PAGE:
On appeal from the Superior Court of New Jersey, Law Division, Essex County, Docket No. 99-4-0562.
NOT FOR PUBLICATION WITHOUT THE APPROVAL OF THE APPELLATE DIVISION
Submitted October 4, 2010 -- Decided
Before Judges Rodriguez and Grall.
Defendant Condell Woodson appeals from the denial of his first petition for post-conviction relief (PCR). We affirm.
Pursuant to an agreement with the State, defendant pleaded guilty to the felony murder of Orange Police Officer Joyce Carnegie, N.J.S.A. 2C:11-3a(3); three counts of first-degree armed robbery, N.J.S.A. 2C:15-1a(2); two counts of second-degree possession of a firearm for an unlawful purpose, N.J.S.A.2C:39- 4a; and fourth-degree unlawful possession of hollow point bullets, N.J.S.A. 2C:39-3f. The State agreed to recommend concurrent sentences and the dismissal of three unrelated charges.
Prior to the sentencing date, defendant moved to withdraw his guilty pleas. He alleged he had been continually threatened while in custody and coerced into providing an incriminating statement. Defendant maintained his innocence and alleged that his attorneys pressured him to accept the plea to avoid the death penalty.
Judge Betty J. Lester found that defendant's statement to the police had been voluntary and that the evidence against him was overwhelming. The judge also found that defendant's contentions lacked credibility. Noting defendant had not offered any potential defense, the judge denied the motion to withdraw.
At the sentencing hearing four days later, the judge merged the robbery conviction into the felony murder conviction and imposed a life imprisonment term without the possibility of parole. The judge also imposed concurrent terms on the remaining convictions. We affirmed on direct appeal. State v. Woodson, No. A-6285-99T4 (App. Div. March 4, 2002), certif. denied, 174 N.J. 38 (2002).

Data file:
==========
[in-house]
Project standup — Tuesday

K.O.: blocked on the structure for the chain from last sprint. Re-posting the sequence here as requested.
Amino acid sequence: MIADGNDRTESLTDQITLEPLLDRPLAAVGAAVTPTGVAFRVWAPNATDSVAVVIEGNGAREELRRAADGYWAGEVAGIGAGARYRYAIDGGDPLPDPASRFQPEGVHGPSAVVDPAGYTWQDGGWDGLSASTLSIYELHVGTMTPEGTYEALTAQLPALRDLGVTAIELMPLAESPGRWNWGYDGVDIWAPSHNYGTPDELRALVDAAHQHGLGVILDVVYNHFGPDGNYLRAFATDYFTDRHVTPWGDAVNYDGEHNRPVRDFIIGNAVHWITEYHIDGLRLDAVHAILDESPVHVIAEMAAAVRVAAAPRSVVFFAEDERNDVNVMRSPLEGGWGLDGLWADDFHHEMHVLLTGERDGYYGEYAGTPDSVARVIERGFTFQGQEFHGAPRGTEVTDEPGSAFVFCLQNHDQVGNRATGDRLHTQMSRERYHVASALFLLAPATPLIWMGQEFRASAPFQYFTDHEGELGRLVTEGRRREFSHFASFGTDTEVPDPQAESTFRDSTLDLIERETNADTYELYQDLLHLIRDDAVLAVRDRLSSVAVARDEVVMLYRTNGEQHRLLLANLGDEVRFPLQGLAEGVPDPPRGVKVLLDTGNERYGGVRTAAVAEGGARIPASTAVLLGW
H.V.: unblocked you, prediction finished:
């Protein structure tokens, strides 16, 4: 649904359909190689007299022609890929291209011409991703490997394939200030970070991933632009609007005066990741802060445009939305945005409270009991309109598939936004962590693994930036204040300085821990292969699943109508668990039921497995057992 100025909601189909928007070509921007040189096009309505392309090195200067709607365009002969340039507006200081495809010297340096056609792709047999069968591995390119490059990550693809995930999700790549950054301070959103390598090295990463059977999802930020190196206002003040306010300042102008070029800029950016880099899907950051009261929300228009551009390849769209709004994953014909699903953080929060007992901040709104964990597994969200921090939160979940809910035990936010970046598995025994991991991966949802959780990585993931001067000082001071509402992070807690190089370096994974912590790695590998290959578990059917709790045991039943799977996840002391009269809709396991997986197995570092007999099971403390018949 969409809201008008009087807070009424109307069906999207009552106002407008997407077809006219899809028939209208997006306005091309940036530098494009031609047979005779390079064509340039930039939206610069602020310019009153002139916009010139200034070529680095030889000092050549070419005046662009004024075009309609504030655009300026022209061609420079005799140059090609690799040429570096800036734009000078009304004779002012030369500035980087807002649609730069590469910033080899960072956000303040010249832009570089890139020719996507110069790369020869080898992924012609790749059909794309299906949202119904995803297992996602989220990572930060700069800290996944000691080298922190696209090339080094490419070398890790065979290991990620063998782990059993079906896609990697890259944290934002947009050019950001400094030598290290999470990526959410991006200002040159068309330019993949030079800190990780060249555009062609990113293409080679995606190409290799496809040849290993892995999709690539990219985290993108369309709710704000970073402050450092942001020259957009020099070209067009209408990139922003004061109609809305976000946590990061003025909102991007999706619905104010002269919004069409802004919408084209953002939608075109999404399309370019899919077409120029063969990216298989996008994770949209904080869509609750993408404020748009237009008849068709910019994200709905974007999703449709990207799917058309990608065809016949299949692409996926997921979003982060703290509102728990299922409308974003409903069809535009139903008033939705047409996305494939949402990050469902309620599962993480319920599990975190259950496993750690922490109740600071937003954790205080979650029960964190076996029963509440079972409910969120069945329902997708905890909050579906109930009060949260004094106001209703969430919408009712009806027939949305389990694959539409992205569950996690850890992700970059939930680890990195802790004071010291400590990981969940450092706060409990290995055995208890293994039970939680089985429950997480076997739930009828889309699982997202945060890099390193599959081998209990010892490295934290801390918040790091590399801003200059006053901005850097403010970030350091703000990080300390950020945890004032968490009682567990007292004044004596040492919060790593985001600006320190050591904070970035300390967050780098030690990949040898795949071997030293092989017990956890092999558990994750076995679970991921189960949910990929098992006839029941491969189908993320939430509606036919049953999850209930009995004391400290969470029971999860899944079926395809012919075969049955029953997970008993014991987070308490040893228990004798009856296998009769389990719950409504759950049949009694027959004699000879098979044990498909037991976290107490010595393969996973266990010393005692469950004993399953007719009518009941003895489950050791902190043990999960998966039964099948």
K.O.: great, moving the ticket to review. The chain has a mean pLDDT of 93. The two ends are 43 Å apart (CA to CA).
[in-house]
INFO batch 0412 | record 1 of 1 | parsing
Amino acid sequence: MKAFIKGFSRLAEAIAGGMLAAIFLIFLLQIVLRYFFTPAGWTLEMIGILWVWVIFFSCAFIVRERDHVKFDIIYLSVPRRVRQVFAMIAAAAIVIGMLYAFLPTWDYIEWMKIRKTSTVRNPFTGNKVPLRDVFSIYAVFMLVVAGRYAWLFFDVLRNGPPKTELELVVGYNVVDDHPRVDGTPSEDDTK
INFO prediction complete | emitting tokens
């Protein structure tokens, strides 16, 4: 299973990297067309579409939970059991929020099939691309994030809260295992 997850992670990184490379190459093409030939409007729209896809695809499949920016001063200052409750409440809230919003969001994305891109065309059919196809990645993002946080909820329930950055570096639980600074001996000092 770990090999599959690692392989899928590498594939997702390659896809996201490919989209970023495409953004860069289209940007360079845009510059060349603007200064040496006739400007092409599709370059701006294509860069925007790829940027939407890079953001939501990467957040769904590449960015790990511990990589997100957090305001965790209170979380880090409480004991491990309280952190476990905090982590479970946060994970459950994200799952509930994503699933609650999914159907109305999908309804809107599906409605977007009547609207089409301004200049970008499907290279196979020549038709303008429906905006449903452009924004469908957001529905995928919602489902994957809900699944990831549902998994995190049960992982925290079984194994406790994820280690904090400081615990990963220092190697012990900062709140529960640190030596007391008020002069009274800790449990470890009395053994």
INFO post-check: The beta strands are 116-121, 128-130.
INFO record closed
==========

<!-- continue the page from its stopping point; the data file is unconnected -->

In less than an hour on April 8, 1999, defendant robbed seven people at gunpoint. At 8:40 p.m., Officer Carnegie stopped defendant. During an ensuing struggle, the defendant fatally shot Carnegie several times. Defendant threw his weapon into a resident's backyard and took a taxi home. He told those present at his home, including his cousin, Desi Shields, that he had shot a police officer earlier that evening.
Later that night, investigators discovered a TEC 9 handgun. Ballistics testing confirmed that the TEC 9 was the firearm used to kill the officer. Investigators traced the weapon to Benjamin F. Walker, a Georgia resident. In an interview, Walker told the investigators that defendant had stolen the gun from him two months earlier.
Police arrested defendant the following day. After receiving Miranda*fn1 warnings, defendant met with Essex County Prosecutor's Office investigators. When Beverly Woodson, In his formal statement, defendant described in detail the robberies he committed before his encounter with Carnegie.
Defendant stated that when Carnegie attempted to arrest him, he tried to throw away the gun and it "accidentally" fired twice, striking the officer in the body and in the head. As defendant fled, he threw the weapon into a backyard. He acknowledged telling persons at his house about committing the murder. Shields also gave a formal statement. She indicated that on the night of the murder, defendant returned home in an agitated state and paced from room to room. After a television program referenced the murder, defendant told Shields that he had done "something wrong." He admitted killing Carnegie and threatened to kill Shields if she told anyone.
At the plea hearing, the Assistant Prosecutor referenced defendant's statement to the police, the autopsy and ballistics reports and the statements of Benjamin Walker, Beverly Woodson and Desi Shields. Defendant gave a detailed factual basis for the three robberies and the shooting of Carnegie, confirming the facts in ...